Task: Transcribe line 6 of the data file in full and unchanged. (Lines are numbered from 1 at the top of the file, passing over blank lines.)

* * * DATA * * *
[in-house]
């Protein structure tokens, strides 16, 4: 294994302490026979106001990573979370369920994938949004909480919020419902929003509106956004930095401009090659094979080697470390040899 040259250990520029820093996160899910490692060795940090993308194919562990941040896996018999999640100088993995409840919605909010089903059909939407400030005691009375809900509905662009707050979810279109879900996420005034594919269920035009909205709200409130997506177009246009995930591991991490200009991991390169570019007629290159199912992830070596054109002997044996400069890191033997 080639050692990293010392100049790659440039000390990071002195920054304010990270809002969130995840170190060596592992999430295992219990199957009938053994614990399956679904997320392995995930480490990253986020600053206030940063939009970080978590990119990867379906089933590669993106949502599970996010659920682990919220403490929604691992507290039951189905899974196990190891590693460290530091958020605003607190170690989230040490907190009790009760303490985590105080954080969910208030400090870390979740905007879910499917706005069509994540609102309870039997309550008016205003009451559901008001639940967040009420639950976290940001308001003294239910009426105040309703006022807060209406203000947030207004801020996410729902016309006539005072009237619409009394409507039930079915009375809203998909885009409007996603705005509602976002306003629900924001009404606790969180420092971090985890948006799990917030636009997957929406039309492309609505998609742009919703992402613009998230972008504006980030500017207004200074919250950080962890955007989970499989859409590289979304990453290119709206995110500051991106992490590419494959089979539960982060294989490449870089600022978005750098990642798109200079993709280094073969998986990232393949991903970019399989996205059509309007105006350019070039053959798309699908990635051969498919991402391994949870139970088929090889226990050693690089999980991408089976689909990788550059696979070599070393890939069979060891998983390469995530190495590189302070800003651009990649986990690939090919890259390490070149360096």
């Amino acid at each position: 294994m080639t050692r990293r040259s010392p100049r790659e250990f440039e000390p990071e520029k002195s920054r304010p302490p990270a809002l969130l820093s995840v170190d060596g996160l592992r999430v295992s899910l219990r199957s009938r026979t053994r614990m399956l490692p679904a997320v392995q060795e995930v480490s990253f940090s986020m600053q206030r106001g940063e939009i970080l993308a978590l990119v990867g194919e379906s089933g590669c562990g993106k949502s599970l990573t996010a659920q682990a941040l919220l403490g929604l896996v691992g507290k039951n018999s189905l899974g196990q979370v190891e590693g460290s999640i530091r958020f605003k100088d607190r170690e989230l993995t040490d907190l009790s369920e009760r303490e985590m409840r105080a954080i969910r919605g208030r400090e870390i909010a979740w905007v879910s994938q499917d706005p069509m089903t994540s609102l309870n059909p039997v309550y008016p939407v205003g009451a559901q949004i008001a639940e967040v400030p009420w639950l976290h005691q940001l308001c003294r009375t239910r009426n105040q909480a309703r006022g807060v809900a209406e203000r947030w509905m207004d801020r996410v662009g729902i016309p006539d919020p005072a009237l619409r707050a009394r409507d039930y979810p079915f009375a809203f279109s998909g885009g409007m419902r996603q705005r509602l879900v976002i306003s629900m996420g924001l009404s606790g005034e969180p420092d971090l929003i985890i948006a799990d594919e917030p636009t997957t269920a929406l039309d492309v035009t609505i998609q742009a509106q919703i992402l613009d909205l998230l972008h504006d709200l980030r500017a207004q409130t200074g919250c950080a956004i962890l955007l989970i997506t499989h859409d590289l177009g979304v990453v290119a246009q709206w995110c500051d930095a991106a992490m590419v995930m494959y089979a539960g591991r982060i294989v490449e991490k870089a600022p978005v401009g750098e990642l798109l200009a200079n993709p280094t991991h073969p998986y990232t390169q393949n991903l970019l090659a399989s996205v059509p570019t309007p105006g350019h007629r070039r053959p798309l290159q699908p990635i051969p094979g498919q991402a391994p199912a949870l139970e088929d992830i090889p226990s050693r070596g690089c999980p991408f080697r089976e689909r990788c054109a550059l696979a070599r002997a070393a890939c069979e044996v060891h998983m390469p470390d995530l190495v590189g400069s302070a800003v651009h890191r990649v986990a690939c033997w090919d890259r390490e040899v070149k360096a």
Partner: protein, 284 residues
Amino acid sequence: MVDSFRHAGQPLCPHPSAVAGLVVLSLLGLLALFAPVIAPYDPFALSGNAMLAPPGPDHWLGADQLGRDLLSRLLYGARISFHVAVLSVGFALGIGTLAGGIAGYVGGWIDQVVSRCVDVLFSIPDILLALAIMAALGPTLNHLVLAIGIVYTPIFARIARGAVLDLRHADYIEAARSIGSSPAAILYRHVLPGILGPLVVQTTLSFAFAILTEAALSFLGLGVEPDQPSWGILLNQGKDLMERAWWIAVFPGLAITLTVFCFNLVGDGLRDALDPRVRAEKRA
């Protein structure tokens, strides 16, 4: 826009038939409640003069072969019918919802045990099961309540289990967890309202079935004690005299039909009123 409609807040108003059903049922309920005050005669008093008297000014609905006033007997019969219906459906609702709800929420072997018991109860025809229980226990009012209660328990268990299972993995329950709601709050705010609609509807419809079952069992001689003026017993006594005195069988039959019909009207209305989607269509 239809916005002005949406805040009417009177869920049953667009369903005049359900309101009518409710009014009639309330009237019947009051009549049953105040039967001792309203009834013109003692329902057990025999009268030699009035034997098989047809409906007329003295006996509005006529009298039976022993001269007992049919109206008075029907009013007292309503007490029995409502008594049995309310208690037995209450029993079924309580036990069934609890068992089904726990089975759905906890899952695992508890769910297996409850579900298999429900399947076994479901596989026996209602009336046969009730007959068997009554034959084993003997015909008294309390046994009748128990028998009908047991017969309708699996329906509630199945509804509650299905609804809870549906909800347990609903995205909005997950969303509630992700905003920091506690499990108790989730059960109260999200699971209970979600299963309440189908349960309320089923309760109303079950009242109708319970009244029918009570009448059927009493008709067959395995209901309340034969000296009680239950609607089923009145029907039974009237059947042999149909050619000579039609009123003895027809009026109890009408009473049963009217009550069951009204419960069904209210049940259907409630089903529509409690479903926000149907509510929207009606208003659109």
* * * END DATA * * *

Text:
């Protein structure tokens, strides 16, 4: 826009038939409640003069072969019918919802045990099961309540289990967890309202079935004690005299039909009123 409609807040108003059903049922309920005050005669008093008297000014609905006033007997019969219906459906609702709800929420072997018991109860025809229980226990009012209660328990268990299972993995329950709601709050705010609609509807419809079952069992001689003026017993006594005195069988039959019909009207209305989607269509 239809916005002005949406805040009417009177869920049953667009369903005049359900309101009518409710009014009639309330009237019947009051009549049953105040039967001792309203009834013109003692329902057990025999009268030699009035034997098989047809409906007329003295006996509005006529009298039976022993001269007992049919109206008075029907009013007292309503007490029995409502008594049995309310208690037995209450029993079924309580036990069934609890068992089904726990089975759905906890899952695992508890769910297996409850579900298999429900399947076994479901596989026996209602009336046969009730007959068997009554034959084993003997015909008294309390046994009748128990028998009908047991017969309708699996329906509630199945509804509650299905609804809870549906909800347990609903995205909005997950969303509630992700905003920091506690499990108790989730059960109260999200699971209970979600299963309440189908349960309320089923309760109303079950009242109708319970009244029918009570009448059927009493008709067959395995209901309340034969000296009680239950609607089923009145029907039974009237059947042999149909050619000579039609009123003895027809009026109890009408009473049963009217009550069951009204419960069904209210049940259907409630089903529509409690479903926000149907509510929207009606208003659109």